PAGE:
“I hope you are not a Feminist?”, a male friend had asked, with disdain and disgust dripping from the last word. I was shocked to the core. I felt dirty, violated, and such is the power of words, that for a fraction of a second, I found myself debating whether to admit to my intransigence. But then my rational mind kicked me in my rhetorical ass and I straightened up, looked him in the eye, and said, “I am. And you should be, too.” He had laughed and said, “Men and feminists? How can men be feminists?” With an equally straight face, I had replied, “You clearly don’t know what Feminism is. Why can’t men be feminists?”
“If not us, then who? If not now, then when?”
― John Lewis
Feminism. The dirty F word.
What is it about this word that makes men snigger, give women dirty looks, and in general, brand them as contraband? Why the fear? The insecurity? The shame? What is Feminism? Feminism is about believing and actively incorporating women within every aspect of modern life. It is about positioning women within the fold of the society, equally, standing shoulder to shoulder with men. We are not better. We don’t aspire to be. We just need you to recognize that we exist. As equals. Not as objects of your lust, whom you can cat call, and tease, and emotionally and physically violate in public. As equals. Not as goddesses on a pedestal, whom you conveniently immerse in the waters after 10 days. As equals. Not as mothers, whom you find to be a burden when she becomes old. As equals. Not as sisters whose throat you have the right to slit when she falls in love with a boy, bringing “shame” to your family name. As equals. Not as wives, whose body is your property to abuse and rape as you please. As equals. Not as daughters-in-law who are not allowed to eat before the men in the family do, no matter how famished she may be after a hard day’s work. As equals. Not as daughters whose very birth makes you bow your head in shame because you have to start saving for her dowry. As equals. Not as a classmate, girlfriend, co-worker, maid, prostitute. But as another human being. An equal. With equal rights. That is why, Feminism. It is not a dirty word. You know what is? Words used as expletives with ‘mother’ and ‘sister’ in them. Let’s use this dirty F word more often, instead. Feminism. Feminism. Feminism. It stings, doesn’t it?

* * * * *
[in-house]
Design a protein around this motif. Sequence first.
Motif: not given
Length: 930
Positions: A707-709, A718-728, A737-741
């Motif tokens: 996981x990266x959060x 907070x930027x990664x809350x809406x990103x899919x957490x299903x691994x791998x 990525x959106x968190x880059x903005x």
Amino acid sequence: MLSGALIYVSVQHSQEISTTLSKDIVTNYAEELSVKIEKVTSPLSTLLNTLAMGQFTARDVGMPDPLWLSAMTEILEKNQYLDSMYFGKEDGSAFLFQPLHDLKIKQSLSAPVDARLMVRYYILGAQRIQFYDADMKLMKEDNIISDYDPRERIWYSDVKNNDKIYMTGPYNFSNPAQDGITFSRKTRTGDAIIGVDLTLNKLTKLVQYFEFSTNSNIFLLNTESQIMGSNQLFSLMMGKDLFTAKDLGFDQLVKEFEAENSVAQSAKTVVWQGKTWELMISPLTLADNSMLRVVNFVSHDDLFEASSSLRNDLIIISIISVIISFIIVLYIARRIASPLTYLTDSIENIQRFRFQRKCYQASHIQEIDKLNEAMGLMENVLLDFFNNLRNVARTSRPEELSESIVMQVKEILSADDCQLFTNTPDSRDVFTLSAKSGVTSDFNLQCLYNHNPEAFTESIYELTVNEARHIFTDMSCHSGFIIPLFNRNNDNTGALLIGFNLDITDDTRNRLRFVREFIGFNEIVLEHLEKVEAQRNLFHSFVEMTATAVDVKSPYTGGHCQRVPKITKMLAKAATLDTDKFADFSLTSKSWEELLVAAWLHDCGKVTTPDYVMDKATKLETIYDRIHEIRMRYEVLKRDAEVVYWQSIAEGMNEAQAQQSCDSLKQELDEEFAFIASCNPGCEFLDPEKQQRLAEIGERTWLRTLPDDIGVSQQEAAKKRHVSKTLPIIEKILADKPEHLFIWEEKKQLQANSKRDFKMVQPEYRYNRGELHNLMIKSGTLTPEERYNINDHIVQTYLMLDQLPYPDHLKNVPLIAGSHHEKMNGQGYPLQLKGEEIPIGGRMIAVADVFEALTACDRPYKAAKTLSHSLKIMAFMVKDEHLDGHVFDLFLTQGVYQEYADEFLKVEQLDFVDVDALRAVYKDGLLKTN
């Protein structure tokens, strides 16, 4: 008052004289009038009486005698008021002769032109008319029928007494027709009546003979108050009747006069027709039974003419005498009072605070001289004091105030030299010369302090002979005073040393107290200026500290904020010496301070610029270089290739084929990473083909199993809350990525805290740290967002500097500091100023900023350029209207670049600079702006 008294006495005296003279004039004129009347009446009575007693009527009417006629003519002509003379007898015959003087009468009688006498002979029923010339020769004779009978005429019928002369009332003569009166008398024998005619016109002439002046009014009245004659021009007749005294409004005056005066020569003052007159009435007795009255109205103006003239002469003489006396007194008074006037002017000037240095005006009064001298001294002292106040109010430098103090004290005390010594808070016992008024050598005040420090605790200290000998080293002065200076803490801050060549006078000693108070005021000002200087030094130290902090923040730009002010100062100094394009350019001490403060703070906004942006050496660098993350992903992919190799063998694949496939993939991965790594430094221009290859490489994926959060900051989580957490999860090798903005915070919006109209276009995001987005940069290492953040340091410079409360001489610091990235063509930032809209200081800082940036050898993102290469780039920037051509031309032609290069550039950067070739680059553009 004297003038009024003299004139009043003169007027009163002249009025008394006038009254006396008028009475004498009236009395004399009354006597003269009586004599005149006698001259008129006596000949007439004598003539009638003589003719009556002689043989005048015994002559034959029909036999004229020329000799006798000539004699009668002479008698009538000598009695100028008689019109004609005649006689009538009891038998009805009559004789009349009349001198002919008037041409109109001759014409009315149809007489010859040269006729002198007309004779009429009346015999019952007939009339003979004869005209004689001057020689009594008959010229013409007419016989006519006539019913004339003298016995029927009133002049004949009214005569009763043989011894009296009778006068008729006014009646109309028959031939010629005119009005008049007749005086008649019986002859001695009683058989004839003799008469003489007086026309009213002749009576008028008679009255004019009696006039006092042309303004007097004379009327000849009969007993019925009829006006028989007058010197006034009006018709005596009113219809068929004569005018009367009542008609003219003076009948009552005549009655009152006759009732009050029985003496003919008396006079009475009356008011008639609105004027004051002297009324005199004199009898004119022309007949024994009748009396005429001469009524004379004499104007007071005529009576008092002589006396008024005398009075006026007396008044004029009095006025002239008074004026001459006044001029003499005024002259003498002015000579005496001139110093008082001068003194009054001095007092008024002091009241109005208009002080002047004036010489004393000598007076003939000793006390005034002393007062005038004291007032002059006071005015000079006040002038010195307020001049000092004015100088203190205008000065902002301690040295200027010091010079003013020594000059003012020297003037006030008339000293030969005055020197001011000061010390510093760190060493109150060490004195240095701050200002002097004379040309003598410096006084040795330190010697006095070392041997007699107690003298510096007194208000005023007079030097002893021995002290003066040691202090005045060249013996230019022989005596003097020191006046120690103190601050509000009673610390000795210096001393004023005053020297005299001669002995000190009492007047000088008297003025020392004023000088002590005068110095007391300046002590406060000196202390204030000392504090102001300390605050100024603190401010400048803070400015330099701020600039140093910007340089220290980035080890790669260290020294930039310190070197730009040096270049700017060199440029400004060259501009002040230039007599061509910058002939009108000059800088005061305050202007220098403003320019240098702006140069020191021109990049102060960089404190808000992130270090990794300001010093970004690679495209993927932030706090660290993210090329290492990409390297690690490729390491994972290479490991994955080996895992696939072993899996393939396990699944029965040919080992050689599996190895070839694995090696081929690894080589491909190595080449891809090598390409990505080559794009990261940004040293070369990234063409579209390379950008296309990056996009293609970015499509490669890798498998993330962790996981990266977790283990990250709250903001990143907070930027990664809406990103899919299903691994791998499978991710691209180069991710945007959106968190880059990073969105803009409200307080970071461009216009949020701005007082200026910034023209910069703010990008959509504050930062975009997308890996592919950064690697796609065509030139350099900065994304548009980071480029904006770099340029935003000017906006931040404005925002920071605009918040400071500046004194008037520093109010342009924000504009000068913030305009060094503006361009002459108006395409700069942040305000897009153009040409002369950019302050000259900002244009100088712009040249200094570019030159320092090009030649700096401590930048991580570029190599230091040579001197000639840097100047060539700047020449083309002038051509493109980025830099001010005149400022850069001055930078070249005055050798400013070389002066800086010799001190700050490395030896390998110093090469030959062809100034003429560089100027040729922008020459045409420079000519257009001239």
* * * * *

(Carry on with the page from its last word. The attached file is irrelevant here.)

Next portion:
“What’s the worst possible thing you can call a woman? Don’t hold back, now.
You’re probably thinking of words like slut, whore, bitch, cunt (I told you not to hold back!), skank.
Okay, now, what are the worst things you can call a guy? Fag, girl, bitch, pussy. I’ve even heard the term “mangina.”
Notice anything? The worst thing you can call a girl is a girl. The worst thing you can call a guy is a girl. Being a woman is the ultimate insult. Now tell me that’s not royally fucked up.”
— Jessica Valenti
But, why do we want equality?